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Countdown to ZERO and Beyond ‘We are undertaking the publication of a journal and are beginning to discuss the whys and wherefores. In view of the fact that we are preparing to reduce everything to nothing, we have decided to call the journal Zero. Later on we too will go beyond zero.’ — Kazimir Malevich in 19151 Petri Leijdekkers Before you lies the first issue of yccahier, an edition by the ycca foundation. This first issue includes two reprints of the magazine nul = 0 which was published in Arnhem in 1962 and 1963 by Henk Peeters in collaboration with Armando and herman de vries. Four issues appeared in total; the last two of which, edited solely by herman de vries, will be published as reprints end of 2014 (yccahier 2). Nul = 0 was a publication by the Dutch Nul Group. We are republishing them in light of the many Nul/ZERO retrospectives currently taking place, place in Europe and around the world; New York (ZERO: Count Down to Tomorrow 1950s-60s in the Guggenheim Museum NY, 10th Oct 2014 – 7th Jan 2015); Berlin (Zero, Martin Gropius Bau, opening, 20th of March 2015); Amsterdam (Zero, Stedelijk Museum, 4th June – 1st Nov. 2015). These yccahiers are produced in close collaboration with the ZERO foundation in Düsseldorf, the Henk Peeters estate in Hall (the Netherlands) and herman de vries in Eschenau (Germany). ycca is established in 2011, in response to the drastic cultural spending cuts imposed by the then government. The foundation stands for the promotion of visual art that is daring, experimental, investigative like science, and society-focused. Meeting these criteria in the 1960s were many movements belonging to the so-called New Tendencies; such as ZERO, Nouveau Réalisme, Gruppo T and N, GRAV (Groupe de Recherche d’Art Visuel), and the Dutch Nul Group which emerged in the 1950s. In their spread across Europe, they enabled minimal art, land art, fluxus and conceptual art to become possible. For the artists involved, art had the sole purpose of being an intermediary between man and the world. In addition to the two and three dimensional images, reliefs, installations, and the machines with moving light, with which they showed their ideas in exhibitions and events, these artists worked on magazines, simple in format and containing manifestos and proclamations to spread their views and generate discourse.2 For they had something to say. Something that, despite its socialist character, touched society profoundly, because it directly opposed the ingrained feeling that art was the bearer of deeper desires and feelings. Reality alone applied to this new art; literally and mercilessly, without any pretension. 1 K. Malevich, letter to M. Matiushin, 27th May 1915, quoted in W.A.L.Beeren, J.M.Joosten (ed) Malevich 1878-1935, Amsterdam, 1988-89. 2 ZERO, Heinz Mack, Otto Piene and Gunther Uecker (ed), in 1958 issue 1 (together with Yves Klein) and issue 2, in 1961 issue 3 (last issue); Azimut, Milan, Enrico Castellani and Piero Manzoni (ed), nul = 0, Arnhem, in 1962 issue 1, 1963 issues 2 and 3, 1964 issue 4. See the essays by Antoon Melissen and Johan Pas.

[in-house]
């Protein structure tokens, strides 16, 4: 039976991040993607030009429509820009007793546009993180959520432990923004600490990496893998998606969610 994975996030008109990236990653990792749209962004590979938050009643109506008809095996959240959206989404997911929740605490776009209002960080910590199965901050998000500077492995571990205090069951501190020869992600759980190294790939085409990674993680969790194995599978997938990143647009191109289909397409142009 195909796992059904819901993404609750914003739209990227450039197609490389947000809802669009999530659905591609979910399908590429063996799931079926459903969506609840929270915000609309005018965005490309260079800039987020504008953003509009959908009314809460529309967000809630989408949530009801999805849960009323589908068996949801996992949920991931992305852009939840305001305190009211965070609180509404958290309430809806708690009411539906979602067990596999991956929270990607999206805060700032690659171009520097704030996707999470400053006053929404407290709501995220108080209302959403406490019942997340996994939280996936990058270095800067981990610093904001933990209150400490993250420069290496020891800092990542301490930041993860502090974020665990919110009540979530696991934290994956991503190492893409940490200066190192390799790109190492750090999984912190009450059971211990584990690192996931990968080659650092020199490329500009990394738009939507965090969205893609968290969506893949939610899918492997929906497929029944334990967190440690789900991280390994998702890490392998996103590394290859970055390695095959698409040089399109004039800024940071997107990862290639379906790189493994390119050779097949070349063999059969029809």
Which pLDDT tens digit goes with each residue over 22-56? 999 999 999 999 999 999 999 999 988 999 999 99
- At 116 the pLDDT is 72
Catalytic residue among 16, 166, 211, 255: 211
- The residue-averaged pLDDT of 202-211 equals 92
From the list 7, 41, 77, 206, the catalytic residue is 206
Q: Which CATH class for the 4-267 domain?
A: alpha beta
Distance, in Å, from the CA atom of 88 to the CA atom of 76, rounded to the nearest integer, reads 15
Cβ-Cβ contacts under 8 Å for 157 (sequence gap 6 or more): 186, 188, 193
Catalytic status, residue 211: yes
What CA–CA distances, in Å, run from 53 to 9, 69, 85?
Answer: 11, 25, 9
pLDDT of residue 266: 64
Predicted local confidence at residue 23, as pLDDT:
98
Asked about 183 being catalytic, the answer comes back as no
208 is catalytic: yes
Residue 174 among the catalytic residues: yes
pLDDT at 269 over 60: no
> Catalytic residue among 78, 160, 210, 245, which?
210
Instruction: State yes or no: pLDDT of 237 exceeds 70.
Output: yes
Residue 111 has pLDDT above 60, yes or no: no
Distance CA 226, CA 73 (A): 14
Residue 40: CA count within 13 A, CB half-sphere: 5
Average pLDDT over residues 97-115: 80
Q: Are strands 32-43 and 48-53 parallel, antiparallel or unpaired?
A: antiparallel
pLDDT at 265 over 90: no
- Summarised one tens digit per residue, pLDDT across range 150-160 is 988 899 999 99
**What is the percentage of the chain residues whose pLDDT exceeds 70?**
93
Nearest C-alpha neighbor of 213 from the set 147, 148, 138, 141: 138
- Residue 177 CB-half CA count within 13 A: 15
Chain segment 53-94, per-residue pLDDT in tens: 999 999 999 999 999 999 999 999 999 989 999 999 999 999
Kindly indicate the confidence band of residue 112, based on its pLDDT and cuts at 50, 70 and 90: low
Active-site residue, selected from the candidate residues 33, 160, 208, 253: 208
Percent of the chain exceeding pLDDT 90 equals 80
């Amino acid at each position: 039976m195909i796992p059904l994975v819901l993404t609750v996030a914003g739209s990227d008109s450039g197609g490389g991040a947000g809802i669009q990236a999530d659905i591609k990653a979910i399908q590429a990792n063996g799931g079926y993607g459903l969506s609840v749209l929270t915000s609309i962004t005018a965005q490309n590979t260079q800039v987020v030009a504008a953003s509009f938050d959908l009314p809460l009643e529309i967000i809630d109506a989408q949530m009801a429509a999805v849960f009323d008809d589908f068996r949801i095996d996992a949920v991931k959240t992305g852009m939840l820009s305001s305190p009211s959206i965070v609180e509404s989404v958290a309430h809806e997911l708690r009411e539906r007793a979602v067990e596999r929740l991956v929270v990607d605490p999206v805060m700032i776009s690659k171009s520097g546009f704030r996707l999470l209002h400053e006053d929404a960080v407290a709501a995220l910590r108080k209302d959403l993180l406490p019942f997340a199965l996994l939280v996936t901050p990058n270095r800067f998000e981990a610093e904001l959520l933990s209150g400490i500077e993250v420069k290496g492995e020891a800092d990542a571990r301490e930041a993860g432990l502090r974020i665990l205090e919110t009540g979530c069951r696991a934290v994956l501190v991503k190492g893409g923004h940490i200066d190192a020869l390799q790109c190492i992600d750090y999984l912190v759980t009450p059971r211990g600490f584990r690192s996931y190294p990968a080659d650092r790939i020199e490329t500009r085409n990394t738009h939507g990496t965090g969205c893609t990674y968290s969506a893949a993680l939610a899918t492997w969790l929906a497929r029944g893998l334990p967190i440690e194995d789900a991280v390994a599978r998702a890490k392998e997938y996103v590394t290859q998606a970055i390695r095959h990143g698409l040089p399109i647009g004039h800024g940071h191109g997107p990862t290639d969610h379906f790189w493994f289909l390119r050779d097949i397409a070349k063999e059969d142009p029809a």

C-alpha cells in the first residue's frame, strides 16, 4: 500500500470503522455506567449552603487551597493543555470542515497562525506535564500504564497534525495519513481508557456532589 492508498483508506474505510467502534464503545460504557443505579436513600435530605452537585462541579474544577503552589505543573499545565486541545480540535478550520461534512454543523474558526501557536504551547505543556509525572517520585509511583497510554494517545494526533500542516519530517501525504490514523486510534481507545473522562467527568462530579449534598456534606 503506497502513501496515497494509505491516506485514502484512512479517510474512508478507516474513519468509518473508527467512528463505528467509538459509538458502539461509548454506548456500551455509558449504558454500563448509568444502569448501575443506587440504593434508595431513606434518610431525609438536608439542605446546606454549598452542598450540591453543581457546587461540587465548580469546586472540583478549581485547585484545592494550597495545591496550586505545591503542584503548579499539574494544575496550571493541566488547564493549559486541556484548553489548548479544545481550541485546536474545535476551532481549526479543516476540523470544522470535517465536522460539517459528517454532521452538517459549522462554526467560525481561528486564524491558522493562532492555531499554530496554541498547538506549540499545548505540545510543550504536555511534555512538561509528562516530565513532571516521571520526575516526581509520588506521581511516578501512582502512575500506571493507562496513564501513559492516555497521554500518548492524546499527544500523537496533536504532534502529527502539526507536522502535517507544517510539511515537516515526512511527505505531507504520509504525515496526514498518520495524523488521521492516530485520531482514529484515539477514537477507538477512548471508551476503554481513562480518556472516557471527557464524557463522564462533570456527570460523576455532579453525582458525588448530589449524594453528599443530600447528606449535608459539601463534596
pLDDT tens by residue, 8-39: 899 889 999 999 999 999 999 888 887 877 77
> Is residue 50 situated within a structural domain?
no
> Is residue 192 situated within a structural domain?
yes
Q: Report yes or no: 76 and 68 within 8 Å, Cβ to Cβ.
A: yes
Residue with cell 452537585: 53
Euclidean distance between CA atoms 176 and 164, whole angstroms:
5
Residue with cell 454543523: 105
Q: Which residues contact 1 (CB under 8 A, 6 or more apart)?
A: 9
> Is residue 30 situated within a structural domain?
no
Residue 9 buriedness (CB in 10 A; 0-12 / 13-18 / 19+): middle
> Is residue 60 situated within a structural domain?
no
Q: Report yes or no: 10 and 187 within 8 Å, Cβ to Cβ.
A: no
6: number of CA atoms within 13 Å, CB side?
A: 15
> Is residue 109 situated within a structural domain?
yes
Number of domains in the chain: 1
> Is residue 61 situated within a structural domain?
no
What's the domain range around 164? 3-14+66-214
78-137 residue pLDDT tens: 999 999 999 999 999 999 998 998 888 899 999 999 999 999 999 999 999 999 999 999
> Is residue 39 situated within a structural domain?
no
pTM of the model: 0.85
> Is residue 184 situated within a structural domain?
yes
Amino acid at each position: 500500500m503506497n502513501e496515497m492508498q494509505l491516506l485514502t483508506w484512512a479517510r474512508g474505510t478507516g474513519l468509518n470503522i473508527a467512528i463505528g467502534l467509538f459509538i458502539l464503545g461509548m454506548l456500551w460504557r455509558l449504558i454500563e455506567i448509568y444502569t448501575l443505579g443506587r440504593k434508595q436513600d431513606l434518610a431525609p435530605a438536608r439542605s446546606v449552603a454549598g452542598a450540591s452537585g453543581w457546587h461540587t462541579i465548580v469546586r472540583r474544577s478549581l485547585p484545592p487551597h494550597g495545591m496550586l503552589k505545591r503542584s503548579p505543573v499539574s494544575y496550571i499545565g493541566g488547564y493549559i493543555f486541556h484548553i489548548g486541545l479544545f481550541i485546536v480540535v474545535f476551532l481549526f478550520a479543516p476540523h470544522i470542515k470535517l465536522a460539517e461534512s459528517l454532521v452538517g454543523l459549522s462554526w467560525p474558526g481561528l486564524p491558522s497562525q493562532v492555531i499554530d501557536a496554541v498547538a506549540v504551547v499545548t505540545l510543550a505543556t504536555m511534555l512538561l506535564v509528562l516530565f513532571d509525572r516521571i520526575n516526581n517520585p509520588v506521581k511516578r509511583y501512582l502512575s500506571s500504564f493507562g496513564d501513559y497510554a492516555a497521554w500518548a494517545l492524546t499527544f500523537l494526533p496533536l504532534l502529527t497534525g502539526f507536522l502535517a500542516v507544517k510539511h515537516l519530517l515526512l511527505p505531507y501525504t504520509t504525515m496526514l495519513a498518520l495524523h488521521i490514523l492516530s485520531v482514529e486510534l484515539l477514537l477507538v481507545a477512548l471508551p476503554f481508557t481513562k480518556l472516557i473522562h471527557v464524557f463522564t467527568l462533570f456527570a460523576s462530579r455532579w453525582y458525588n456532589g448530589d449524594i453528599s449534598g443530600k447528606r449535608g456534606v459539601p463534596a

Countdown to ZERO and Beyond

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Defying isms in Art